Annoyingly the feed which I suspect to be for the nearside one is now safely terminated and buried behind the bathroom wall...the wall I just finished building and finished tidily.  Argh!  I am not pulling that all apart again if I can avoid it - especially on the clock like this.  Currently thinking the best plan of action is to cut a couple of holes in the trim in the locker over the cab and just stick the lights in parallel... they're only 10W so should be just fine that way.
 
That's as far as we got today.  Hopefully will get those back in a working state tomorrow and then move on to the next things on the list.  Getting the new brake pads in is probably looking like a favourite for the next job.
 
Will definitely need to get the rust in the bulkhead seen to sooner than later won't I.
 
IMG_20190420_182657.jpg
 
Hopefully this won't be an issue at the MOT as it should be well clear of any prescribed areas.  For now Kurust and Dinitrol will be the order of the day to keep the weather out.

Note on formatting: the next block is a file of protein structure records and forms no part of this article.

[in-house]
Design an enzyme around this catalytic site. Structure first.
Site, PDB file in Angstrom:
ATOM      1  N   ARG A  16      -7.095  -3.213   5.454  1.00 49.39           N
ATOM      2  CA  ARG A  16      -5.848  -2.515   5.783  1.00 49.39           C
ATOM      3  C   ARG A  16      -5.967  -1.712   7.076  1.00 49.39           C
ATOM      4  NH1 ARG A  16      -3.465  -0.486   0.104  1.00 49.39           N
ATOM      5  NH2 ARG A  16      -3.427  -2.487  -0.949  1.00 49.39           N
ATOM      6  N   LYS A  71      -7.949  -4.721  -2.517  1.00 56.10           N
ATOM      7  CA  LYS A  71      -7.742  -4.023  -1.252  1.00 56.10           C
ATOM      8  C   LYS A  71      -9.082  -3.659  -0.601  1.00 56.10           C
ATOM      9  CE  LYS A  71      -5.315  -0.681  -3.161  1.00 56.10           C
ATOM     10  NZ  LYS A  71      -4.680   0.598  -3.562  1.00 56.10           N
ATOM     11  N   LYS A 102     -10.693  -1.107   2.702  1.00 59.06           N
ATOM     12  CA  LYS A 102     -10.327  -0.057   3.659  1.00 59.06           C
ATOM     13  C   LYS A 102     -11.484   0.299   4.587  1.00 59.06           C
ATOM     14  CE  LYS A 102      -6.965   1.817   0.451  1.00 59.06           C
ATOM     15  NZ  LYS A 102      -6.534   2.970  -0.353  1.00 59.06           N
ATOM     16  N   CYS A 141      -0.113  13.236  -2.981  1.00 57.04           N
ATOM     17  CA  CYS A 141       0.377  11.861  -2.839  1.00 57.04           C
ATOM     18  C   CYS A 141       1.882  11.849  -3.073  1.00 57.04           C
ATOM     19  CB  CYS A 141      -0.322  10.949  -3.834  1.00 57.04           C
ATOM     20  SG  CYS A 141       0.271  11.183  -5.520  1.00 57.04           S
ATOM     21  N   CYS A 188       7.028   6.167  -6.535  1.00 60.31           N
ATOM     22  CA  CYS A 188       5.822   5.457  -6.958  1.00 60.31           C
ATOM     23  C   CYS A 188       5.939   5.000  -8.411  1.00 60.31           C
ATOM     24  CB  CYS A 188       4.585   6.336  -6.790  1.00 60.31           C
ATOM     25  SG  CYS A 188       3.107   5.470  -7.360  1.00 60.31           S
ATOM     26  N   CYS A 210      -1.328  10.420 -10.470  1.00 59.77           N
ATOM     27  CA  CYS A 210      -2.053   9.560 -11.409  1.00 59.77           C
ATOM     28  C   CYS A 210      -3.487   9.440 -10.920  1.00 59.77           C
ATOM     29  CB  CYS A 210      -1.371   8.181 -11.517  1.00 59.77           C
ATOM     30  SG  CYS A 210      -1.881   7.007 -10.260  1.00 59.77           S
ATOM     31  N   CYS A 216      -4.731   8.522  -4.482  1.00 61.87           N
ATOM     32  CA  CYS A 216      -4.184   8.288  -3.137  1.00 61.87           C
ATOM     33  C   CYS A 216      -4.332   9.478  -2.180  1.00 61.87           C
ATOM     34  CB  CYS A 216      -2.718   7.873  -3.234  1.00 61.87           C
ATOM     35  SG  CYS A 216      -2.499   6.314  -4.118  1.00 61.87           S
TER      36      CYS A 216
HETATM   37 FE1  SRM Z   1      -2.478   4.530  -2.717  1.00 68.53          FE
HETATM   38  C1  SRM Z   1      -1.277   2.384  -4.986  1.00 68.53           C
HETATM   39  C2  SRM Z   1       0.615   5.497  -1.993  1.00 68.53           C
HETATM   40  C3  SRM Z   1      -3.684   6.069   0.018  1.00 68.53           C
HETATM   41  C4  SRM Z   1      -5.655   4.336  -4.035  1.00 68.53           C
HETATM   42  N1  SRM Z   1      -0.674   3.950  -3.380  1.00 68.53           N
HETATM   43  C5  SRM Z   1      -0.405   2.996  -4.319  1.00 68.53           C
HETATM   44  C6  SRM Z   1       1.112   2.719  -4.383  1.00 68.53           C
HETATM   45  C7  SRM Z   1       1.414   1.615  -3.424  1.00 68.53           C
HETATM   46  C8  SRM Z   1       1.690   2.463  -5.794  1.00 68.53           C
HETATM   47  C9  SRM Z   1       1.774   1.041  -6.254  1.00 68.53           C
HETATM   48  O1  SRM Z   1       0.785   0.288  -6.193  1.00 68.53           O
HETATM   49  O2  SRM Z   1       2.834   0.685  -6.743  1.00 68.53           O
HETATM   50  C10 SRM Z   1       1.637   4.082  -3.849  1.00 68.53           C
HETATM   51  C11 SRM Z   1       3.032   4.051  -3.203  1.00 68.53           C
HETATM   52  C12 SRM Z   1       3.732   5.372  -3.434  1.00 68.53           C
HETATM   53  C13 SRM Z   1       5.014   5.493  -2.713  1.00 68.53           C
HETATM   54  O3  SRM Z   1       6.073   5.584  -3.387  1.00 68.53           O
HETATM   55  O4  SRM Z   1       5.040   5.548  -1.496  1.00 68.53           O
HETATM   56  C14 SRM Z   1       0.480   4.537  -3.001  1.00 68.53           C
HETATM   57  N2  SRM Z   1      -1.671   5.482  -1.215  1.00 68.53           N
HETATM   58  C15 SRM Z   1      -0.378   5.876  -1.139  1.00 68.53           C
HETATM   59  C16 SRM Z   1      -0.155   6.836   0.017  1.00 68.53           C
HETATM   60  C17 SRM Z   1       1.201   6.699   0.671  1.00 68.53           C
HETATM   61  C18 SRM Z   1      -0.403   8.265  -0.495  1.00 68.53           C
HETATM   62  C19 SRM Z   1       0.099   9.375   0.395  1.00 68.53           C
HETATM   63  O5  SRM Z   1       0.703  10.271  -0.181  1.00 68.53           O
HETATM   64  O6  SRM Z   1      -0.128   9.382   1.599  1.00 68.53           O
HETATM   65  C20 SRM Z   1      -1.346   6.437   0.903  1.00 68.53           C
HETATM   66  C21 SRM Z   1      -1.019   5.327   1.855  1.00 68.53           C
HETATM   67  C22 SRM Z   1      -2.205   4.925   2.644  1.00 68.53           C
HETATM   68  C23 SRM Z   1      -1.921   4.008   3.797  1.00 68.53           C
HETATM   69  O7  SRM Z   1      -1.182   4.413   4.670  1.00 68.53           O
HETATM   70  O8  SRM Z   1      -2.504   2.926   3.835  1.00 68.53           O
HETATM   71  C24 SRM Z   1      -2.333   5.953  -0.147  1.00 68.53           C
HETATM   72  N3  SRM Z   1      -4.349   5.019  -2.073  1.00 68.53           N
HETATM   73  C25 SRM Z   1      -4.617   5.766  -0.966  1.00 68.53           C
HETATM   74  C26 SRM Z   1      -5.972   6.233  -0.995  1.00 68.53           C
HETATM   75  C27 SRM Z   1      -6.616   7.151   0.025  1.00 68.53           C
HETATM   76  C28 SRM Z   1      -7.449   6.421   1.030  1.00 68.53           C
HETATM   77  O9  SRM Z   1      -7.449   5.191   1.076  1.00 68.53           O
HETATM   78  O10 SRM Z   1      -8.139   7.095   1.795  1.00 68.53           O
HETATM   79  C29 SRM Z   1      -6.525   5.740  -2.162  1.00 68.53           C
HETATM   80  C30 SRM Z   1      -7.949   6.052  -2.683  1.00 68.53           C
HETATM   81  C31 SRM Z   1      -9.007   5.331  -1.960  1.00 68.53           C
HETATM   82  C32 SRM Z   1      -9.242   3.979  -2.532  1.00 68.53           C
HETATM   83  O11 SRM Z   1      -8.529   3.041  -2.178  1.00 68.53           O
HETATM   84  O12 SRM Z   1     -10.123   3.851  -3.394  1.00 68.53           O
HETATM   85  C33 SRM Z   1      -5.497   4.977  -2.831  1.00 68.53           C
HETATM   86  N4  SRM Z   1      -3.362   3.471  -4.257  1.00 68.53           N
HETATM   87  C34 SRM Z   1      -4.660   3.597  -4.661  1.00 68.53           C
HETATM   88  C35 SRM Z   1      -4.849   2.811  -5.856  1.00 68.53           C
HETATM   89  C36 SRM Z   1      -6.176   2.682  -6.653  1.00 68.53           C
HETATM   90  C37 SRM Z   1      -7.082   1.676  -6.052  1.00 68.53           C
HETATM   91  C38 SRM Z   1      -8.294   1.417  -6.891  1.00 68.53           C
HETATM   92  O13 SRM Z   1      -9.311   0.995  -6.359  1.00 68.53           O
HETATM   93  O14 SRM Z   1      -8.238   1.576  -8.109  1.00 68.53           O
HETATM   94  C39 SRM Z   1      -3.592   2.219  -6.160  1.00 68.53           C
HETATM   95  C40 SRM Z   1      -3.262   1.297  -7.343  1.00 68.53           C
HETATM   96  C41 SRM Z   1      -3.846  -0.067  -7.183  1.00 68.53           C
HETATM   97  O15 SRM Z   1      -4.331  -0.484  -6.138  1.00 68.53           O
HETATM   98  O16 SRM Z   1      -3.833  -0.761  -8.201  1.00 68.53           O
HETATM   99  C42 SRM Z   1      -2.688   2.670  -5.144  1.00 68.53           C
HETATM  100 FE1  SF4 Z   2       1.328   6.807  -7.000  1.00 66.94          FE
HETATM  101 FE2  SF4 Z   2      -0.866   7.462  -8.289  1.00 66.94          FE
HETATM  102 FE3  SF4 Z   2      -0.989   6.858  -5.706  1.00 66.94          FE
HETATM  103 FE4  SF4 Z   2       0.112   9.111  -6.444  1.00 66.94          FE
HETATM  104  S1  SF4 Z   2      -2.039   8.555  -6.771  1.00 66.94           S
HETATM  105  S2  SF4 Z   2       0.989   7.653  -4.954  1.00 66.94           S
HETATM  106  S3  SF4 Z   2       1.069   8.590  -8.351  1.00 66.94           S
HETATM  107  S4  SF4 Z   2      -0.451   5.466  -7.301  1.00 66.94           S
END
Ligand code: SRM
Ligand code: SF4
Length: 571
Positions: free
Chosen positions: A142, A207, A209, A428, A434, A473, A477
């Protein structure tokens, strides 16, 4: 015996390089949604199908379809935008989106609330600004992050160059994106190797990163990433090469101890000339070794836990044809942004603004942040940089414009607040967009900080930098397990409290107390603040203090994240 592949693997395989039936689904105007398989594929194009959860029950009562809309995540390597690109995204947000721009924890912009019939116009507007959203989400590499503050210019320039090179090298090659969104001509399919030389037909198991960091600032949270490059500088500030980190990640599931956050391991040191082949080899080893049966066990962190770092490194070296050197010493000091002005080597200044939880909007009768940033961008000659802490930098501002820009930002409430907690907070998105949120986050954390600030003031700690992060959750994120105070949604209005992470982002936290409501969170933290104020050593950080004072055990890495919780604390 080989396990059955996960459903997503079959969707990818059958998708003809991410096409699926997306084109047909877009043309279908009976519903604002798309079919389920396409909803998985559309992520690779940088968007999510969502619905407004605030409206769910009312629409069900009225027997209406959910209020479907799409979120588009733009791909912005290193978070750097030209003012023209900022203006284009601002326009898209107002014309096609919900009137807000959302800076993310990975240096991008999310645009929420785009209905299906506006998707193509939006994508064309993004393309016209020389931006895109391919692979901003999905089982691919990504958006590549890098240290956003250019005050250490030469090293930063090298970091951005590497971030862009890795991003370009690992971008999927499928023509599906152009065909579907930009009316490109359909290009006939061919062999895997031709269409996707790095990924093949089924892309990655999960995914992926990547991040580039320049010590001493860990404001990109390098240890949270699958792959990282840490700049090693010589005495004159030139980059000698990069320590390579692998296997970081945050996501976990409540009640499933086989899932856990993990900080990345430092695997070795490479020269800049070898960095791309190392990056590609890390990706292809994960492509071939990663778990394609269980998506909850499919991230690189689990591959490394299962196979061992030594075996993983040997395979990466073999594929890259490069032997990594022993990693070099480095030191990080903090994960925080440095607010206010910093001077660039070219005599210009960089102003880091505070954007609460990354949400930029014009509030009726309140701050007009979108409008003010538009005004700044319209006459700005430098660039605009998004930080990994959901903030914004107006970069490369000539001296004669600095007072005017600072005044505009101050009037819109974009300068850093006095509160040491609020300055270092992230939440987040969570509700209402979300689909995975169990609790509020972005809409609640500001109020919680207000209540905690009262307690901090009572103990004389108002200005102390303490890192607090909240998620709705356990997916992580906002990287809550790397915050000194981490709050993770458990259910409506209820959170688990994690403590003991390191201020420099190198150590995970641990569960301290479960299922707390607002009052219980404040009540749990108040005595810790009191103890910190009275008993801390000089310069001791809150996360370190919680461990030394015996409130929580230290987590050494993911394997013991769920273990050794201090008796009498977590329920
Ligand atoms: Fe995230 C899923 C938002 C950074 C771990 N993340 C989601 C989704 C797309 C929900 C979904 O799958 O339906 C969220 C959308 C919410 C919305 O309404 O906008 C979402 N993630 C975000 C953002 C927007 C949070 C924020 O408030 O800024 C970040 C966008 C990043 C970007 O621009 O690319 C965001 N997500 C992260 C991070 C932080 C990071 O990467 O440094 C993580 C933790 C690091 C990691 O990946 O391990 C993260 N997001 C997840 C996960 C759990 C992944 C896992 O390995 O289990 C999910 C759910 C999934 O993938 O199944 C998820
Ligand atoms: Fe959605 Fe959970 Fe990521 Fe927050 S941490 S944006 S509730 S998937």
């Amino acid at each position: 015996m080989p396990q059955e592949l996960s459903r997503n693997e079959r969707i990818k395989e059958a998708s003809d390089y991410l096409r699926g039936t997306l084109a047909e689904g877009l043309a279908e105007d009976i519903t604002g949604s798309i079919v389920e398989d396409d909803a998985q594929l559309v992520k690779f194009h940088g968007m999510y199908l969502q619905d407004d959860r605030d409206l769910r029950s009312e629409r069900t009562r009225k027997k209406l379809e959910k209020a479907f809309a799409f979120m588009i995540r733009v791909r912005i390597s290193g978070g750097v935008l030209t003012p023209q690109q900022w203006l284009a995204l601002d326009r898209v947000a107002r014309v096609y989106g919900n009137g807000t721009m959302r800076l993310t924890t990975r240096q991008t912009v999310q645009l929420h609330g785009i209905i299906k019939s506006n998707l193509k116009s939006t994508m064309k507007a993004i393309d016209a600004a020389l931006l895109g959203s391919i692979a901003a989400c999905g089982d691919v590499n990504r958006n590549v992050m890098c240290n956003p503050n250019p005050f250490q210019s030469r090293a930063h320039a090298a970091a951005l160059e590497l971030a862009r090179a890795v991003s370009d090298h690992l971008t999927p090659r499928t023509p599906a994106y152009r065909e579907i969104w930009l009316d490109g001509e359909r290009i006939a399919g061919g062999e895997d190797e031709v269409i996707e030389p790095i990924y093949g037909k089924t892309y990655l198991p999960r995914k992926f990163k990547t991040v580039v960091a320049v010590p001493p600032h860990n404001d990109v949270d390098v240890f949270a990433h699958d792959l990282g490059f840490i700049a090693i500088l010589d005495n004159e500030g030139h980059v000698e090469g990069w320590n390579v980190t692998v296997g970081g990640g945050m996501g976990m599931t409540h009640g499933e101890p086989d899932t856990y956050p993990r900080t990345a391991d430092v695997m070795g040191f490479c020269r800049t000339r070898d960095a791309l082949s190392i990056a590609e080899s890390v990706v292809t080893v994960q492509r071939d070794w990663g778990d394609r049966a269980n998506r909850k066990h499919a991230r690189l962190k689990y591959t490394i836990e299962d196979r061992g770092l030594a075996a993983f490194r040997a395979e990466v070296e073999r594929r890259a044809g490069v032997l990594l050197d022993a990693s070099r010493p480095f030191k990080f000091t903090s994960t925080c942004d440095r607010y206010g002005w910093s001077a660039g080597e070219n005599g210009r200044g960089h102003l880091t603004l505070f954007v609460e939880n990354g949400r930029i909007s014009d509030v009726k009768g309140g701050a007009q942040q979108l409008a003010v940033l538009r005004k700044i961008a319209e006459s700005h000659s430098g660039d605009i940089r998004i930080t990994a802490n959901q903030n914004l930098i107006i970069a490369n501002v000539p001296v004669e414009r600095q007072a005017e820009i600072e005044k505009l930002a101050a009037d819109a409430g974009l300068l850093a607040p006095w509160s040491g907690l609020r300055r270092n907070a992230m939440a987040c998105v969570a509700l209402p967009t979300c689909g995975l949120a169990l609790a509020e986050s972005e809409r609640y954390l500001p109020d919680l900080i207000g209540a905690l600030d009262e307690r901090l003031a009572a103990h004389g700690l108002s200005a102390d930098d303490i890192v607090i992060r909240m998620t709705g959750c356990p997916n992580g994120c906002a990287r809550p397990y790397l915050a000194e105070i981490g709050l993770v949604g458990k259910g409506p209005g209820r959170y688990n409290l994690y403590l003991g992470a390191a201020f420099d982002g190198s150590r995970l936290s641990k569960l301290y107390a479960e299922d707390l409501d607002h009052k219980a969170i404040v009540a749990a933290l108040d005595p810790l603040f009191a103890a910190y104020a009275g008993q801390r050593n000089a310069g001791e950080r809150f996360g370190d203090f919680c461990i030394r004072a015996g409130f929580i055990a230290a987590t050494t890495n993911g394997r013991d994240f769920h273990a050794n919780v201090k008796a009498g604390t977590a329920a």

• Saabnut, RayMK, egg and 4 others like this

Current fleet: 1996 Citroen Xantia 2.0T Activa. 1993 Lada Riva 1.5EFi Estate.  1990 Mercedes 208D Auto Trail Navajo.  1985 Sinclair C5.  1973 AC Model 70.


#1385 OFFLINE   Zelandeth

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Posted Today, 02:56 AM

So if I remember rightly we had just figured out where the wiring for the offside front marker light emerged into somewhere vaguely accessible. This had pretty much confirmed to me that the mystery wire that I'd stuffed into a corner above the bathroom ceiling was actually for a light at the opposite end of the van...